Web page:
south by spring break

wrapped in an incredibly cozy blanket

It’s a feeling that most people would never refuse or deny.

It’s a feeling that makes many people think of home.

It’s a feeling that breeds warmness and softness.

As you may know, Austin hosts an annual music and film festival called “South by Southwest”. Now, I didn’t grow up going to SXSW, but I have gone for the past few years because I’ve had friends playing at different venues throughout the week. I want to give a shout out to some of those people because they are currently slaying it at what they do.

First, let’s talk about the band Joseph.


(left –> right) Allie, Meegan, and Natalie — three sisters from Portland, OR, that hold the power to sing such impeccable harmonies that it forces you to close your eyes and forget that you are anything but a pair of ears that were made to listen to beautiful things. I saw them five separate times this week and not only are they more than remarkable musicians, but I was reminded that they are some of the kindest humans with whom you’ll ever interact.

They have been writing and recording some new tunes and they are…well…yeah. Not a descriptive enough adjective for the goodness of the new songs. So far, my favorite new track is a song they call “White Flag“. Natalie describes it as a song “with a fist in the air towards all the things in the world that make us feel afraid”. Here’s one of the lines from the chorus,

I could surrender, but I’d be pretending

I’d rather be dead than live a lie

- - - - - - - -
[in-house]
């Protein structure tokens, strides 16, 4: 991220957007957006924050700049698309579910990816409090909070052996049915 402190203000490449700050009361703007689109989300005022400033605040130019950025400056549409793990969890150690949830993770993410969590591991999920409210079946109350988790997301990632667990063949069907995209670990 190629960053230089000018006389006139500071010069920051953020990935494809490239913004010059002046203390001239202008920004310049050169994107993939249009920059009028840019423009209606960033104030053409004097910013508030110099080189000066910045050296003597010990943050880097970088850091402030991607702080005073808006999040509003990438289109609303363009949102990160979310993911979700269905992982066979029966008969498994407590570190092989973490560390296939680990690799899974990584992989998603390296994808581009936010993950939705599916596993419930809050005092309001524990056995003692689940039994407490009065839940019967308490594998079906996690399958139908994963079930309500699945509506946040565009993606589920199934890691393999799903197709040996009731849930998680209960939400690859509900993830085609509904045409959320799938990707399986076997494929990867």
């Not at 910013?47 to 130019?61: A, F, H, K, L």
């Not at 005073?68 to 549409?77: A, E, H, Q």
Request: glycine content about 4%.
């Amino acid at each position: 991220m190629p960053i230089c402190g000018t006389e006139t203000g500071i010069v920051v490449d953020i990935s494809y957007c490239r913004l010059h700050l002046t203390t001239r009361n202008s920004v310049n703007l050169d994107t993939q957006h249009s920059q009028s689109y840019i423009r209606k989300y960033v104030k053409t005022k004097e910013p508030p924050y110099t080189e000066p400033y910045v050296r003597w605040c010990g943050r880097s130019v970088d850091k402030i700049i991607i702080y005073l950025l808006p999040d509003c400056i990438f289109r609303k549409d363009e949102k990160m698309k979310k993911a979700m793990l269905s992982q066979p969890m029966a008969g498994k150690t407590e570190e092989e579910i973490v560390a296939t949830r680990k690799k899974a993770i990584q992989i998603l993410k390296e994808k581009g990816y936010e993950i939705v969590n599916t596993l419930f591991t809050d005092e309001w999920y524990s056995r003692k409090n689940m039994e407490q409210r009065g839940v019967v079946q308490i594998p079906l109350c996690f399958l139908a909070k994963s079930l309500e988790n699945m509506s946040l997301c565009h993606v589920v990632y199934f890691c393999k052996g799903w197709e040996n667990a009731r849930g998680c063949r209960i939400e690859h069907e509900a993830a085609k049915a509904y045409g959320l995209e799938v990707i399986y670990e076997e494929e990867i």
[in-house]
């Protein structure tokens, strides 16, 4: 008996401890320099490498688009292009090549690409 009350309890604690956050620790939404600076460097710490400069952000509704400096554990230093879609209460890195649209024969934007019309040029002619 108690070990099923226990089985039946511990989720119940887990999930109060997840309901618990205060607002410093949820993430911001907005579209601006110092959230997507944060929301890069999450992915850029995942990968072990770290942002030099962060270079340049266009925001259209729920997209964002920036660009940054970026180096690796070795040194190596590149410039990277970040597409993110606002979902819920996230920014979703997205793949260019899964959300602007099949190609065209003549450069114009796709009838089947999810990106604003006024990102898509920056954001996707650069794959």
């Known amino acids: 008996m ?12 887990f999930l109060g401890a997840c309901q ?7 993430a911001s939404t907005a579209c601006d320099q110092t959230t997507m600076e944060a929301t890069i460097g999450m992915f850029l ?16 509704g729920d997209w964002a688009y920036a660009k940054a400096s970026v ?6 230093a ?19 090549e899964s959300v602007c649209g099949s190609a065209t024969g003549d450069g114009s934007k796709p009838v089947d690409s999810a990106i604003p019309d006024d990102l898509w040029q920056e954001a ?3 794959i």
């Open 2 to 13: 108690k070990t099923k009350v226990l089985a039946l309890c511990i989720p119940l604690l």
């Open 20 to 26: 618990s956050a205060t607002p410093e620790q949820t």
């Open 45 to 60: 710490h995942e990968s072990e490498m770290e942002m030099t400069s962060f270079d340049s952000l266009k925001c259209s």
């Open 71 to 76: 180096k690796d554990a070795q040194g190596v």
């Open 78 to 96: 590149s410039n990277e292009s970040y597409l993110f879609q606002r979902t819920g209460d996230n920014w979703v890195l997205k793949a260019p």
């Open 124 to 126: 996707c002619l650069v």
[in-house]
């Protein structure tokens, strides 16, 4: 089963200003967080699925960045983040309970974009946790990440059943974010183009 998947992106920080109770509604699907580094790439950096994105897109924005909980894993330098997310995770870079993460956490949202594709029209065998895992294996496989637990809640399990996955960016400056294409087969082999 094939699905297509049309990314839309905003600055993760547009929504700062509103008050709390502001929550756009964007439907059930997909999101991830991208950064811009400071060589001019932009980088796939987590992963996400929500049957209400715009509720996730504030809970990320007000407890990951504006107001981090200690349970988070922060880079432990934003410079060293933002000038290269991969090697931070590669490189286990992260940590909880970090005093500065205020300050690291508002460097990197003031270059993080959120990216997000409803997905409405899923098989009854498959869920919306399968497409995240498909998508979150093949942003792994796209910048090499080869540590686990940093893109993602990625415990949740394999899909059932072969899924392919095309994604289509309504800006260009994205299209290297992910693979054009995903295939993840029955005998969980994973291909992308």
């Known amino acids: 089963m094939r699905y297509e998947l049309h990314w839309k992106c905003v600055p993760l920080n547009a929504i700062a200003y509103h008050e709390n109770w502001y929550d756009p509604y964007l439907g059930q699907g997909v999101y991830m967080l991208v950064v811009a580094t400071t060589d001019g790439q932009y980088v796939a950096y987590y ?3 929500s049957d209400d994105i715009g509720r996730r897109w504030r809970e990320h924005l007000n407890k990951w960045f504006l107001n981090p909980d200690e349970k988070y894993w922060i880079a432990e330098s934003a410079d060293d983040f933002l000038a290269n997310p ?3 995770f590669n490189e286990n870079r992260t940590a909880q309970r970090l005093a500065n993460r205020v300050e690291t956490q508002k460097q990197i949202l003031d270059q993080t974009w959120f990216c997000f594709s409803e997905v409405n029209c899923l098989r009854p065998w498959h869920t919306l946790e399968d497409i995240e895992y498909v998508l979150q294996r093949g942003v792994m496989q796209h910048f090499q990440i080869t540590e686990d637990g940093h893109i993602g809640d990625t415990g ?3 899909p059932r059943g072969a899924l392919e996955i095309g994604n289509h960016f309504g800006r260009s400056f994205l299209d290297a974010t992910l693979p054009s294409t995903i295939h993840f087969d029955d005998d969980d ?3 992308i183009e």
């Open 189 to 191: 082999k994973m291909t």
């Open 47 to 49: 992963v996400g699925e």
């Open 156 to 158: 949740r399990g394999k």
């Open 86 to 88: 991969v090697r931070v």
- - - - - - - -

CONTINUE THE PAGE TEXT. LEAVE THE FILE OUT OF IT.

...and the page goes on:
Burn the white flag

Joseph is also currently traveling with three more friends and adding those friends has done nothing but add new dimensions of wonder to their music. Also, they love denim! Go check them out!




instagram: @thebandjoseph



Next, let’s talk about a little group that goes by the name of Judah & the Lion.


(left –> right) Brian, Dylan, Judah, Spencer, Nate, and Daniel, simply put, have more fun on stage than just about any other band or artist that I have ever seen. Joy not only fills their faces, but this sense of overwhelming joy takes over their bodies and creates one of the biggest parties that any stage has ever seen. I saw these guys play twice and they were as unbelievable as ever.

They just put out their new album called “Folk Hop n’ Roll“. My thoughts? Well, there a two kinds of people in this world: 1) people who don’t care what they look like when they dance in the car and 2) people who are too baptist or self-conscious to dance in the car. Either way, this album is going to make you want to dance. It’s also going to make you want to see them do it live, and I highly suggest you getting a ticket to a show near you to experience this album live. Word on the street is that the side-effects of a folk hop n’ roll show are pure joy and happiness. I wouldn’t want you to miss out on that! One of my favorite lines is from one of their new songs called “Insane“,